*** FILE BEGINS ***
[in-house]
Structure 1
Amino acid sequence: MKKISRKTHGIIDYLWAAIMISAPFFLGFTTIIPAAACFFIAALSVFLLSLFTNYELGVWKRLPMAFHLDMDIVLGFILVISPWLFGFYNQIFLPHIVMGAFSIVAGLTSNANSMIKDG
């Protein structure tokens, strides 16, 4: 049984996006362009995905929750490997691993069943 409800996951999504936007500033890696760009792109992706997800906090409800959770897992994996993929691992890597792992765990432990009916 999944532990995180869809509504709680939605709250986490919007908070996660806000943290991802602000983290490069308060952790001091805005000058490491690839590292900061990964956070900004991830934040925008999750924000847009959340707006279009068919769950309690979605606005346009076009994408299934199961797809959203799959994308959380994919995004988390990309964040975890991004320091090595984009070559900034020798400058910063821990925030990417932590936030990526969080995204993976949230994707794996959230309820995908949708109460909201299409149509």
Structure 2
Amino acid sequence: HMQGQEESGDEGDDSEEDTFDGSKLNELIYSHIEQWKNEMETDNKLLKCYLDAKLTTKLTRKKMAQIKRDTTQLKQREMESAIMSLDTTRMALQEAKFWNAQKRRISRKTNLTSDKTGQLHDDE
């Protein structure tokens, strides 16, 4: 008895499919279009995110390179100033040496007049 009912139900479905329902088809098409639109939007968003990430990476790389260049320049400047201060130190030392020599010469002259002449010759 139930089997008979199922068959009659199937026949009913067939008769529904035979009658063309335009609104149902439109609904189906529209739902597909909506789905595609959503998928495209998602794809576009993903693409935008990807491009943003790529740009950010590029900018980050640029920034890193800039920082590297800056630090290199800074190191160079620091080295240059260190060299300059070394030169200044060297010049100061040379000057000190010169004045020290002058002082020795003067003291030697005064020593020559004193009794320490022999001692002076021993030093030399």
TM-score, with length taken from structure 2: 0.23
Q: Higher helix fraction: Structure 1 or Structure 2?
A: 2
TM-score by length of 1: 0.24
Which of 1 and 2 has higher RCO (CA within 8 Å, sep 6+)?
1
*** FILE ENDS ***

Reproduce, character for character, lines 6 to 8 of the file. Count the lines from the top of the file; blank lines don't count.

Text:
Amino acid sequence: HMQGQEESGDEGDDSEEDTFDGSKLNELIYSHIEQWKNEMETDNKLLKCYLDAKLTTKLTRKKMAQIKRDTTQLKQREMESAIMSLDTTRMALQEAKFWNAQKRRISRKTNLTSDKTGQLHDDE
């Protein structure tokens, strides 16, 4: 008895499919279009995110390179100033040496007049 009912139900479905329902088809098409639109939007968003990430990476790389260049320049400047201060130190030392020599010469002259002449010759 139930089997008979199922068959009659199937026949009913067939008769529904035979009658063309335009609104149902439109609904189906529209739902597909909506789905595609959503998928495209998602794809576009993903693409935008990807491009943003790529740009950010590029900018980050640029920034890193800039920082590297800056630090290199800074190191160079620091080295240059260190060299300059070394030169200044060297010049100061040379000057000190010169004045020290002058002082020795003067003291030697005064020593020559004193009794320490022999001692002076021993030093030399």
TM-score, with length taken from structure 2: 0.23